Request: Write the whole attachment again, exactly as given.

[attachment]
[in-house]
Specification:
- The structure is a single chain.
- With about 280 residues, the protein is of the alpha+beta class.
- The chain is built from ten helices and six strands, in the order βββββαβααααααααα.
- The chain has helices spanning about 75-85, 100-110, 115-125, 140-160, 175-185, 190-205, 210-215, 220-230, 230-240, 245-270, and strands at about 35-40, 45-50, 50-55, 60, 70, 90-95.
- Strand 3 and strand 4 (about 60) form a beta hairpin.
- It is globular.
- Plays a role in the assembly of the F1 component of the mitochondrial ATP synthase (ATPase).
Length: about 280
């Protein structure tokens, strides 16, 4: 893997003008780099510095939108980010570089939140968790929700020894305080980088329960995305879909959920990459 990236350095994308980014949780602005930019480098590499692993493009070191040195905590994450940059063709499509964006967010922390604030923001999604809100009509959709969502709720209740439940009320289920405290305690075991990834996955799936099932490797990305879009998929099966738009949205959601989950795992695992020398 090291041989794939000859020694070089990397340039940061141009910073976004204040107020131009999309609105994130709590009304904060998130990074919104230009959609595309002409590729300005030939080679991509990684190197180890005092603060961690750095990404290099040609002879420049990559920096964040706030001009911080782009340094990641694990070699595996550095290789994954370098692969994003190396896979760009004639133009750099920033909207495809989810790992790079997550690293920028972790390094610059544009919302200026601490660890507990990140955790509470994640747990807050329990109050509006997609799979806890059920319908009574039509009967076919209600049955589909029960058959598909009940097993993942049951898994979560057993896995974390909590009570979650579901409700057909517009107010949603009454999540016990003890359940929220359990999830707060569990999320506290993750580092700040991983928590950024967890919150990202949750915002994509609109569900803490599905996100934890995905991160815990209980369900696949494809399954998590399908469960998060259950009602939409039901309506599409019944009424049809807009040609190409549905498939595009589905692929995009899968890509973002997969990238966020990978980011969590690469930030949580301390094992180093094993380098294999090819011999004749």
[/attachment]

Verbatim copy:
[in-house]
Specification:
- The structure is a single chain.
- With about 280 residues, the protein is of the alpha+beta class.
- The chain is built from ten helices and six strands, in the order βββββαβααααααααα.
- The chain has helices spanning about 75-85, 100-110, 115-125, 140-160, 175-185, 190-205, 210-215, 220-230, 230-240, 245-270, and strands at about 35-40, 45-50, 50-55, 60, 70, 90-95.
- Strand 3 and strand 4 (about 60) form a beta hairpin.
- It is globular.
- Plays a role in the assembly of the F1 component of the mitochondrial ATP synthase (ATPase).
Length: about 280
């Protein structure tokens, strides 16, 4: 893997003008780099510095939108980010570089939140968790929700020894305080980088329960995305879909959920990459 990236350095994308980014949780602005930019480098590499692993493009070191040195905590994450940059063709499509964006967010922390604030923001999604809100009509959709969502709720209740439940009320289920405290305690075991990834996955799936099932490797990305879009998929099966738009949205959601989950795992695992020398 090291041989794939000859020694070089990397340039940061141009910073976004204040107020131009999309609105994130709590009304904060998130990074919104230009959609595309002409590729300005030939080679991509990684190197180890005092603060961690750095990404290099040609002879420049990559920096964040706030001009911080782009340094990641694990070699595996550095290789994954370098692969994003190396896979760009004639133009750099920033909207495809989810790992790079997550690293920028972790390094610059544009919302200026601490660890507990990140955790509470994640747990807050329990109050509006997609799979806890059920319908009574039509009967076919209600049955589909029960058959598909009940097993993942049951898994979560057993896995974390909590009570979650579901409700057909517009107010949603009454999540016990003890359940929220359990999830707060569990999320506290993750580092700040991983928590950024967890919150990202949750915002994509609109569900803490599905996100934890995905991160815990209980369900696949494809399954998590399908469960998060259950009602939409039901309506599409019944009424049809807009040609190409549905498939595009589905692929995009899968890509973002997969990238966020990978980011969590690469930030949580301390094992180093094993380098294999090819011999004749």